Hatton Castle, Aberdeenshire facts for kids
Hatton Castle is almost three miles (4.8 km) south-east of Turriff, Aberdeenshire in the north-east of Scotland. Formerly known as Balquholly Castle, sometimes spelt as Balquollie, it was renamed in 1814. The 17,994 square feet (1,671.7 m2) mansion was designated a category A listed building in 1972; the gardens are included in the Inventory of Gardens and Designed Landscapes in Scotland.
In the early 14th century Robert the Bruce granted the lands, then known as Loscraigie, to Patrick de Monte Alto. Mowat is the anglicisation of de Monte Alto. The Balquholly name was adopted some time before the 16th century. Records indicate there was a castle (spelt Balquholy) on the lands in the early 1500s, but it is likely it may have an earlier date. Purchased by Alexander Duff of Hatton in 1709 – although the contracts were not finalised until 1729 – ownership has remained with members of the family into the 21st century.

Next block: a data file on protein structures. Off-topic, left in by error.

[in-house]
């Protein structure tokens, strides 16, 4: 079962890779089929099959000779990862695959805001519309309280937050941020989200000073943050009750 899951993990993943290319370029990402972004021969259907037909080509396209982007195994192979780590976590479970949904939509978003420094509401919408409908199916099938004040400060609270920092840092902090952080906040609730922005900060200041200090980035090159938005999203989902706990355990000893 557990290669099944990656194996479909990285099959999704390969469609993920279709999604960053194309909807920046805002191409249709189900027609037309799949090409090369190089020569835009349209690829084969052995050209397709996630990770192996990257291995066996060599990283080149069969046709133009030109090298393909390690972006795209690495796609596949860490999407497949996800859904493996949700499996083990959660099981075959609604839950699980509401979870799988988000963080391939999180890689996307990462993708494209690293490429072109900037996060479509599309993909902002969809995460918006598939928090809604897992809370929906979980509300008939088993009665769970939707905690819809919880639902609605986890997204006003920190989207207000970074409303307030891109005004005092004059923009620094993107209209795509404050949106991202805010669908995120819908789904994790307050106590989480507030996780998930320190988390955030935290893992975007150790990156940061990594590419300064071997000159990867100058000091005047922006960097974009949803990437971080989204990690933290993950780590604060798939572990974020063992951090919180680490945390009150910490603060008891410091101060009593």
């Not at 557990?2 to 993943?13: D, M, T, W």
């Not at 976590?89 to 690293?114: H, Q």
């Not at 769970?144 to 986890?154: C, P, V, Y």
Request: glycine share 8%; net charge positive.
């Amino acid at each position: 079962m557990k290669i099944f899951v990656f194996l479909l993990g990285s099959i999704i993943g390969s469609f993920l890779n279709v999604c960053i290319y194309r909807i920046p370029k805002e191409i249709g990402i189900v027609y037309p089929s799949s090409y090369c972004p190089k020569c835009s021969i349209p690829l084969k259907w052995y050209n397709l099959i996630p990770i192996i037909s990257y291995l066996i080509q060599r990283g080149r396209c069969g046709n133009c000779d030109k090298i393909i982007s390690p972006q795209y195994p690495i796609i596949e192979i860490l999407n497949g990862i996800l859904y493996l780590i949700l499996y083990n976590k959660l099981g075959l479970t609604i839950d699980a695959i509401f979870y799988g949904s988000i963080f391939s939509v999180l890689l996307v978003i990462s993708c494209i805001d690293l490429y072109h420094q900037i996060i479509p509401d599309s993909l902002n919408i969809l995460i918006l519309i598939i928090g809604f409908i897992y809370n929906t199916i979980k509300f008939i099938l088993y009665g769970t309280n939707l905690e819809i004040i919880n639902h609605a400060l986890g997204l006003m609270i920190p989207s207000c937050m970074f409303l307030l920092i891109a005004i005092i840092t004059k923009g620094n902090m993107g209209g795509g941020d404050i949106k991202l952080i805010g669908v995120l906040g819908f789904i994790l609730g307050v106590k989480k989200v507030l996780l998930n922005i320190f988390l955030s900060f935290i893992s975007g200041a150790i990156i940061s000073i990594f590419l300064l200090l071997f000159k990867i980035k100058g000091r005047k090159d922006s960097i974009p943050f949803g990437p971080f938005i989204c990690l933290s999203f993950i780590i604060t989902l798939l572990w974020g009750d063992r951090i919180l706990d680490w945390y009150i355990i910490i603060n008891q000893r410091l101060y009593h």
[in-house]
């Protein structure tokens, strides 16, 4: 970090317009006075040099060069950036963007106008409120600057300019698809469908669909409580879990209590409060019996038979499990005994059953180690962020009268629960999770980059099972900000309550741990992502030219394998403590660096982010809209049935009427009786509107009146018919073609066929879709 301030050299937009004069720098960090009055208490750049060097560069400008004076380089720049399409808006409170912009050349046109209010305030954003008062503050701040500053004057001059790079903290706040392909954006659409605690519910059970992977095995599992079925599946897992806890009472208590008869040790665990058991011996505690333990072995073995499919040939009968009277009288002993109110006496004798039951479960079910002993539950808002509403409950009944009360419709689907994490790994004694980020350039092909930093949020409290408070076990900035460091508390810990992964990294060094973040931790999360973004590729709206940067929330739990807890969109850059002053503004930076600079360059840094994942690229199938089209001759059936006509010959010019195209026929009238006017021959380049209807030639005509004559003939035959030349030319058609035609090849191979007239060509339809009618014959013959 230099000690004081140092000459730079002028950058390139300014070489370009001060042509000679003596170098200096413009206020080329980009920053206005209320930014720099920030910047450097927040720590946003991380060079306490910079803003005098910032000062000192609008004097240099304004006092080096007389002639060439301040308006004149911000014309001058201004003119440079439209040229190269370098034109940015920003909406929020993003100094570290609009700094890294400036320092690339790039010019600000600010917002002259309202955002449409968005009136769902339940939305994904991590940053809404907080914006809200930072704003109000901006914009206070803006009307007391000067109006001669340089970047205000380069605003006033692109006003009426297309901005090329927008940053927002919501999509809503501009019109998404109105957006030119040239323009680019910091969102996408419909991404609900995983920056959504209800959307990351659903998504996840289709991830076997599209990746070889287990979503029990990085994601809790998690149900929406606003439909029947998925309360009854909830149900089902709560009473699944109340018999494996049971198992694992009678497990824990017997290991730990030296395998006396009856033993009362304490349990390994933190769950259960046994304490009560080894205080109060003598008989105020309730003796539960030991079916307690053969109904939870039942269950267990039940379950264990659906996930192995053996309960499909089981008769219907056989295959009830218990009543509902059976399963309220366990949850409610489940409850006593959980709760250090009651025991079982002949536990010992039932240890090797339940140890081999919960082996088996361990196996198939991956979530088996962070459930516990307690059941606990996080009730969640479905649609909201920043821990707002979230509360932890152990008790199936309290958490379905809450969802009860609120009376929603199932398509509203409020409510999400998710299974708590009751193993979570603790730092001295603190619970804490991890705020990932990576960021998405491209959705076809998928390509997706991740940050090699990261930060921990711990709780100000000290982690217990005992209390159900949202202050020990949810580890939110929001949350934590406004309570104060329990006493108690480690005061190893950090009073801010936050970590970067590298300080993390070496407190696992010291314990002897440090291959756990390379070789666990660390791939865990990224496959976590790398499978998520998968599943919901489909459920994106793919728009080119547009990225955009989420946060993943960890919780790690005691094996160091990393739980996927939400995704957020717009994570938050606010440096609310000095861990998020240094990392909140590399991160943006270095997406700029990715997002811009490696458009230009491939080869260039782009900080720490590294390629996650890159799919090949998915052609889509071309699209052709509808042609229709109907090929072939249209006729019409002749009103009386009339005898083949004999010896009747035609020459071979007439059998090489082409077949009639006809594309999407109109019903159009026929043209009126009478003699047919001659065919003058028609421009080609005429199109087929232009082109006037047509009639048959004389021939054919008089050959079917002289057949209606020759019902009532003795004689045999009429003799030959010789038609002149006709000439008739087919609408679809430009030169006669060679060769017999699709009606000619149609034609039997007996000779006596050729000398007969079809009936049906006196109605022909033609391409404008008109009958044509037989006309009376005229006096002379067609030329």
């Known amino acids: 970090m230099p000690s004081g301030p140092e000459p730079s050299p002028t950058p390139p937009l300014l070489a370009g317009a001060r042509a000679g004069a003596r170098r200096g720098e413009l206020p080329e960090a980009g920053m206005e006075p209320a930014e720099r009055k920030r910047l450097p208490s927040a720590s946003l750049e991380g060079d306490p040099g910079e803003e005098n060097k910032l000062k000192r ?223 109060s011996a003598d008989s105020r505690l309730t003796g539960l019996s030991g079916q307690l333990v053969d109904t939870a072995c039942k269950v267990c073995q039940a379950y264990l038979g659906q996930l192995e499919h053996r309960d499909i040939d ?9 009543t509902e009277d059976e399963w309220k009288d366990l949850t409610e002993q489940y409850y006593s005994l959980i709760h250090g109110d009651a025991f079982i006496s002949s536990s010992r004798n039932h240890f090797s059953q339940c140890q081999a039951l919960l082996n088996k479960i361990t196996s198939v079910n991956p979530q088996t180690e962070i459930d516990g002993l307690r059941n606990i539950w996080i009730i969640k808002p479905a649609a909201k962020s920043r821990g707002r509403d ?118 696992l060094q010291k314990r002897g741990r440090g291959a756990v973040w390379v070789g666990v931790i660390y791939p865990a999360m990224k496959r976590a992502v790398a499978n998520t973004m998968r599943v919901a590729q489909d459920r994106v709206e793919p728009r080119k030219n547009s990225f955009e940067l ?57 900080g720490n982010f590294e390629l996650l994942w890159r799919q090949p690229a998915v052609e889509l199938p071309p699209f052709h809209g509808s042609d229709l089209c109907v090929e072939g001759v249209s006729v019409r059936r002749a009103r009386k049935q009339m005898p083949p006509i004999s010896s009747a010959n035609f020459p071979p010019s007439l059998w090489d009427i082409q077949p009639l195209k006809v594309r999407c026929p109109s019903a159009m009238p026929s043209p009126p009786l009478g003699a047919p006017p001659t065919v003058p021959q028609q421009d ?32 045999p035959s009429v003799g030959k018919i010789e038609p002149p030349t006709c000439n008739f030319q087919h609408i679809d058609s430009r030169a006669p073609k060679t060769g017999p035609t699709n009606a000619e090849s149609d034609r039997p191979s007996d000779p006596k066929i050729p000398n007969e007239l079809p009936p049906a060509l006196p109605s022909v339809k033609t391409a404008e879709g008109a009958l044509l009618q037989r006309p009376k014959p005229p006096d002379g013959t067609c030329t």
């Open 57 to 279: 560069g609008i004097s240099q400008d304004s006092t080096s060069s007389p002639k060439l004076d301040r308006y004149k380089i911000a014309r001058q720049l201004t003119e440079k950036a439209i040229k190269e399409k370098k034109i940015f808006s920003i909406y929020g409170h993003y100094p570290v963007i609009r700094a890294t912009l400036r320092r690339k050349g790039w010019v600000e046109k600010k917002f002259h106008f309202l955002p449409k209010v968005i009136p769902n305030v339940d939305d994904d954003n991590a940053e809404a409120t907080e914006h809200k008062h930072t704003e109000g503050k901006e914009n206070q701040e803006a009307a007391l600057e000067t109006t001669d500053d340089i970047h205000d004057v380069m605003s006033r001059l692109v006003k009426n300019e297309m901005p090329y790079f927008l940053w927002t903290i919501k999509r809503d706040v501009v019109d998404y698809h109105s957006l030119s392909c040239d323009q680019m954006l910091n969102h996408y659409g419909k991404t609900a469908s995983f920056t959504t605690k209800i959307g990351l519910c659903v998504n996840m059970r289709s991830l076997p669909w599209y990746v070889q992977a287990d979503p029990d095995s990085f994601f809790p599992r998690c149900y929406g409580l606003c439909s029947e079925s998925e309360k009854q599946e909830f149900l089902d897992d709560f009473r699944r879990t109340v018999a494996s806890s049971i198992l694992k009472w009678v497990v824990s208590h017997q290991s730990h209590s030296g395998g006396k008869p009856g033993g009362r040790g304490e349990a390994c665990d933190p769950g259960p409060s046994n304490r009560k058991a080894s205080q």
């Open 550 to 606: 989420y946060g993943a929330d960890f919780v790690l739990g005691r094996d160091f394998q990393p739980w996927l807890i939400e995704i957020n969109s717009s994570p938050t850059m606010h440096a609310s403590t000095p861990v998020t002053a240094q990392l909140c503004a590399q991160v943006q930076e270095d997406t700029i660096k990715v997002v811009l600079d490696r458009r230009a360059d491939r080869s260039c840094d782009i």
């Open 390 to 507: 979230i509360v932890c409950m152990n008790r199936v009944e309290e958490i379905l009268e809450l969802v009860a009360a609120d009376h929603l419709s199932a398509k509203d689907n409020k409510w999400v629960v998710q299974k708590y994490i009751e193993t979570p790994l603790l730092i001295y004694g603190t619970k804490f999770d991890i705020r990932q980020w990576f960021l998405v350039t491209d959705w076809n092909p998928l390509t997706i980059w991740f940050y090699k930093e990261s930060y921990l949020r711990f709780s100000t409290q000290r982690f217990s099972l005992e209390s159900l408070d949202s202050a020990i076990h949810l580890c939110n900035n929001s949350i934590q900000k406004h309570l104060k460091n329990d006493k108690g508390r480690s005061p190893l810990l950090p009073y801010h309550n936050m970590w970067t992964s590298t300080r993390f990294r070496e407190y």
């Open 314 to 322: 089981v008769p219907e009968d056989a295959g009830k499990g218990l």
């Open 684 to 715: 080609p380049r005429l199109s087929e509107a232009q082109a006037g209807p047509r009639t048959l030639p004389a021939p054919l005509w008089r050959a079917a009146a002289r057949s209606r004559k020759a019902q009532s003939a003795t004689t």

Construction of the present castellated mansion began in 1812 and was completed by 1814; it was at this time the name was changed to Hatton Castle. It has a round tower at each corner and incorporates sections of the ancient building. The stone-built mansion has three storeys plus a basement and an attic. A wine cellar and gun room are in the basement. The ground floor hall has a glass cupola set above a stone staircase that provides access to the first floor. There are two bedrooms on the first floor and seven on the second floor; the attic contains four additional bedrooms, a bathroom and storage space.
The mansion was designated a category A listed building by Historic Scotland on 28 November 1972. The gardens are included in the Inventory of Gardens and Designed Landscapes in Scotland and assessed under the historical and architectural sections as outstanding.
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